After a week of illness I informally deemed “the new black plague” and end of semester finals, I thought Friday’s tragedy was the straw that would break this camel’s back. You see, I loathe guns. I will not have them in my home, regardless of their purpose. I’m not exactly sure when I formed this strong opinion, but know it began at least by my adolescence as I remember having this debate in civics class. Ironically, I grew up in a home with handguns and hunting rifles. I have no traumatic stories to tell that explain my great dislike of guns. Yet I do, very strongly, dislike weapons and see no sign of changing this perspective.
So when I finally came out of my cave of academic study and heard the news, I thought I would crumble. More senseless death, of children no less, in the name of someone’s barbarous argument that it is their “Constitutional Right” to carry and stockpile these killing machines. I have grown weary from the argument. Little did I know, however, that this story would become personal and downright paralyzing.
The media, in effort to sell the story, figured it had better give us the big answer: Why? Why would this young man have done such an unspeakable thing? In reality, because the shooter is also dead we will never know. But let the speculation begin. The media was going to give us that BIG answer, though completely unfounded.
ABC was the first news network to start the rumor. An anonymous relative supposedly said the killer was autistic and had a personality disorder. Within moments, that misinformation went viral. ABC had “dirt” it so desperately needed to stand out from its competing networks. Soon after, ABC removed that information from their website – presumably it was misinformation. But it was way too late. Other news media, bloggers, commentators, you-name-it stumbled on that misinformation and had begun to spread it like wildfire. There would be counters to this misinformation, but it would fall on deaf ears. You see, saying “we don’t know why” doesn’t sell papers or increase sponsorship. People want answers. And they are ready to accept those answers regardless of who gets hurt in the process. They are especially ready to point blame at something other than “the gun.”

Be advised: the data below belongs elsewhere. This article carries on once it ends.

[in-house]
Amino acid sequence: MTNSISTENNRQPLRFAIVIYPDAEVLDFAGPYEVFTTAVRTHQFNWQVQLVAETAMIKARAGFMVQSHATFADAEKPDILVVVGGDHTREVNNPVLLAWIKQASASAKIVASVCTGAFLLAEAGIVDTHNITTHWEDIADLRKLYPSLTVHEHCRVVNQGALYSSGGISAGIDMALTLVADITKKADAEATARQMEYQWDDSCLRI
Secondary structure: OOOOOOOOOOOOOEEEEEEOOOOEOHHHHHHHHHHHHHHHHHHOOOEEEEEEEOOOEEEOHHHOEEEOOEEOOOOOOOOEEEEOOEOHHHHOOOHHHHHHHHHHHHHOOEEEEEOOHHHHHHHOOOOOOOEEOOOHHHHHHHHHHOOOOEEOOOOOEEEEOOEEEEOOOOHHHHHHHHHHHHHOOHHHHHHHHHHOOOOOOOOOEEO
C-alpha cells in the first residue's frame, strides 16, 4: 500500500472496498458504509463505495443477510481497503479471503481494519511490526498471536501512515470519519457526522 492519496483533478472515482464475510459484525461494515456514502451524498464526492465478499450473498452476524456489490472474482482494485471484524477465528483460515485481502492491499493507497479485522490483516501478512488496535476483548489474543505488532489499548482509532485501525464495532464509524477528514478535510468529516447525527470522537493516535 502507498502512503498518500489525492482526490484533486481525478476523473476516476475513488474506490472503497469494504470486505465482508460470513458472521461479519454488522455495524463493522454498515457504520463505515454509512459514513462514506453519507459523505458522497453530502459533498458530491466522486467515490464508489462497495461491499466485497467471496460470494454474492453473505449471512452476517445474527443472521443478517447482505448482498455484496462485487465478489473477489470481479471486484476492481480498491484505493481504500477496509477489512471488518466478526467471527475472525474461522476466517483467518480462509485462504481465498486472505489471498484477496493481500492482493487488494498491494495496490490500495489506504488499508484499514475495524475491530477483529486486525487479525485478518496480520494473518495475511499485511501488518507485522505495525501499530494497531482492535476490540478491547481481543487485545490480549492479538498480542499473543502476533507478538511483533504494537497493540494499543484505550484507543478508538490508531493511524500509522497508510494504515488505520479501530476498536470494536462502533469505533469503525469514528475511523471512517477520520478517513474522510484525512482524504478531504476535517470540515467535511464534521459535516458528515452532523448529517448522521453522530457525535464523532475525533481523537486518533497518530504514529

Today, I continue to read the horror stories. Not the shooting details. I simply refuse to patronize the sensationalist news media with their nonstop speculative commentary. The families deserve much better. No, I am reading about the “witch hunt” demonizing autistics – the ongoing pleas to stop autistics from hurting others – to limit autistic rights – the nonsense connections from someone who knows someone who knows someone with an autistic family member who was “just like” the shooter. The well-meaning bloggers who plead for better “mental health” for people “suffering from autism.”
Autism, though still in the DSM, is considered a neurobiological disorder by the specialists and researchers who are forefront. It is a different wiring system in the brain that causes the individual to process differently than what is typical. Symptoms of autism do not include premeditated violent behavior.
Autistics and individuals with other disabilities are no more likely to commit violent crime than non-disabled people. In fact, people with disabilities of all kinds, including autism, are much more likely to be the victims of violent crime. Attributing autism as a motive to this heinous crime is no more valid than attributing Adam Lanza’s maleness, human-ess, or the fact that he lived in Connecticut. Though all of these things are true, they do not motivate one to murder.
Today I live in fear because of a rhetorical interpretation of the 2nd Amendment. I fear that I cannot safely go Christmas shopping without the possibility that a “legal” gun owner might go on a killing spree. Leaving our home increases the likely-hood my family will die by gunfire. I fear my family may end up collateral damage so that gun enthusiasts can continue to stockpile assault weapons.
But I mostly live in fear for my autistic child. A victim of abuse by the hands of “typical” people, my child, who values life above all, is now the target of a media frenzy.
Today my back is broken and it is difficult to have hope.